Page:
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The Ancient Samaritans and Greek Culture

Faculty of Theology, Utrecht University (Emeritus), 3512 JE Utrecht, The Netherlands
Religions 2019, 10(4), 290; https://doi.org/10.3390/rel10040290
Received: 27 March 2019 / Revised: 18 April 2019 / Accepted: 21 April 2019 / Published: 24 April 2019
(This article belongs to the Special Issue Exploring Samaritanism)
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PDF [236 KB, uploaded 26 April 2019]

Abstract

After the conquest of the Near East by Alexander the Great in 332 BCE, the Samaritans, like all other peoples in the region, fell under the influence of Greek culture. In a gradual process of Hellenization, the Samaritans developed their own variant of Hellenism. The extant fragments of Samaritan literature in Greek, as well as quite a number of Greco-Samaritan inscriptions (both in Palestine and the diaspora) testify to the existence of a variegated Samaritan Hellenism. View Full-Text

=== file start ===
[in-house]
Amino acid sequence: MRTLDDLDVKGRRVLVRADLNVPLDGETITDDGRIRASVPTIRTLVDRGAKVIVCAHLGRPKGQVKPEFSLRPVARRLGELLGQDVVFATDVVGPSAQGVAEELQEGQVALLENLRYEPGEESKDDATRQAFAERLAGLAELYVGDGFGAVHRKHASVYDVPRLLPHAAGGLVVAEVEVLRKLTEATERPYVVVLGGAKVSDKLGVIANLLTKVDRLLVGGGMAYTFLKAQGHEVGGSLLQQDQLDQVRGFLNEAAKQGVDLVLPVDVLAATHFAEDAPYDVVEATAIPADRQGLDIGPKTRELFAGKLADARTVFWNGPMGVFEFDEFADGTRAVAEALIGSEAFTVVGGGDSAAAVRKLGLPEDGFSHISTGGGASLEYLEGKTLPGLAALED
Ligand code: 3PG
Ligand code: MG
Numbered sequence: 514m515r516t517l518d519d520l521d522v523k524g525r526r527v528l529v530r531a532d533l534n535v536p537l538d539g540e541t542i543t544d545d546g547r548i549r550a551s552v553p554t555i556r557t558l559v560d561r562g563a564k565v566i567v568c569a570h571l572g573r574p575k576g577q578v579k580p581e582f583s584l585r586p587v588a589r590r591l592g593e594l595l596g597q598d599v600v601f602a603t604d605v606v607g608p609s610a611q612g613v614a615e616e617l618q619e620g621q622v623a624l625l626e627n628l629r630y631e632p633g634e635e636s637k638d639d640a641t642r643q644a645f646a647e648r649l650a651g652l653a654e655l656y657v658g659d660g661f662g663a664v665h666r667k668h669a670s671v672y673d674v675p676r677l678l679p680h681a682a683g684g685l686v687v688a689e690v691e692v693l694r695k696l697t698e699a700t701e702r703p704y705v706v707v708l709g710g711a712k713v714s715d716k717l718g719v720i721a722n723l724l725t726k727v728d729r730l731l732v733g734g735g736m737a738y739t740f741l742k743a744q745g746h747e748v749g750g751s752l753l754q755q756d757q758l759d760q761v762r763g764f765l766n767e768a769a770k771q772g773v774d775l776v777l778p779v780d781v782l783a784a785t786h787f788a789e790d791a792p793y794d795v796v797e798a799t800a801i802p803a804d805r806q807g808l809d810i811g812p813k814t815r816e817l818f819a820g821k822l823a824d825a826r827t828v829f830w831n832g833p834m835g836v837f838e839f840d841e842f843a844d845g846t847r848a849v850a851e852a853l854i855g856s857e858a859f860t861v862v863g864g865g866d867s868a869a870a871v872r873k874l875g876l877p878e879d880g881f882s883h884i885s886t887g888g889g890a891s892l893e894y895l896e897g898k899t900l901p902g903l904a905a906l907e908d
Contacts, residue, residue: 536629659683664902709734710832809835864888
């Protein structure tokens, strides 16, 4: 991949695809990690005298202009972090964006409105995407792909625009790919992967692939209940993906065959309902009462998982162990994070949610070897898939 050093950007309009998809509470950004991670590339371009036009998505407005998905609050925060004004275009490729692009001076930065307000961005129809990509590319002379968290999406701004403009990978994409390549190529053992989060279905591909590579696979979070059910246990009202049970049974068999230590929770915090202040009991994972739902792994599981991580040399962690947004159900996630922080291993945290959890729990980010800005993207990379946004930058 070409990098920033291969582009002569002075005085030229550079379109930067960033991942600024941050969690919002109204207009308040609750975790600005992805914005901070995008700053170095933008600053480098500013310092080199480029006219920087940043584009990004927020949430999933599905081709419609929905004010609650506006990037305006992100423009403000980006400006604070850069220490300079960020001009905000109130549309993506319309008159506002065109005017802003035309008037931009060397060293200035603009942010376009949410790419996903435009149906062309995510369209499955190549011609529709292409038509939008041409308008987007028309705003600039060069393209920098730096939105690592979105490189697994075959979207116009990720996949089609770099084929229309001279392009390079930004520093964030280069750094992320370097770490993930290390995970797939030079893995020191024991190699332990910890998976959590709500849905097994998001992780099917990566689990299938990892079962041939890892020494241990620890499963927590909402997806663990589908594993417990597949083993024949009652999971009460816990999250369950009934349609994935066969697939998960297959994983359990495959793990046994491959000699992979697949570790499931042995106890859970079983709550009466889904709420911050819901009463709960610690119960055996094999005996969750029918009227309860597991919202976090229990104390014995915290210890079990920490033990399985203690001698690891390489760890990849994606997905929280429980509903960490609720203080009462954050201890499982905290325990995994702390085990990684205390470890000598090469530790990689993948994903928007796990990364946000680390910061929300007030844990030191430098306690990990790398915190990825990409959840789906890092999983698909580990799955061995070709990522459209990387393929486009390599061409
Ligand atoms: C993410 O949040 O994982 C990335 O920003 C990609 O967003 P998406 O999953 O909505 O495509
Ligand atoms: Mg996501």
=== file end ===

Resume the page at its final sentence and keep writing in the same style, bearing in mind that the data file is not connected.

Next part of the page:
Keywords: Hellenism; Greco-Samaritan literature; inscriptions (Greek); Greek philosophy; Faustinus; Marinus; Theodotus; Pseudo-Eupolemus Hellenism; Greco-Samaritan literature; inscriptions (Greek); Greek philosophy; Faustinus; Marinus; Theodotus; Pseudo-Eupolemus
This is an open access article distributed under the Creative Commons Attribution License which permits unrestricted use, distribution, and reproduction in any medium, provided the original work is properly cited (CC BY 4.0).
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van der Horst, P.W. The Ancient Samaritans and Greek Culture. Religions 2019, 10, 290.

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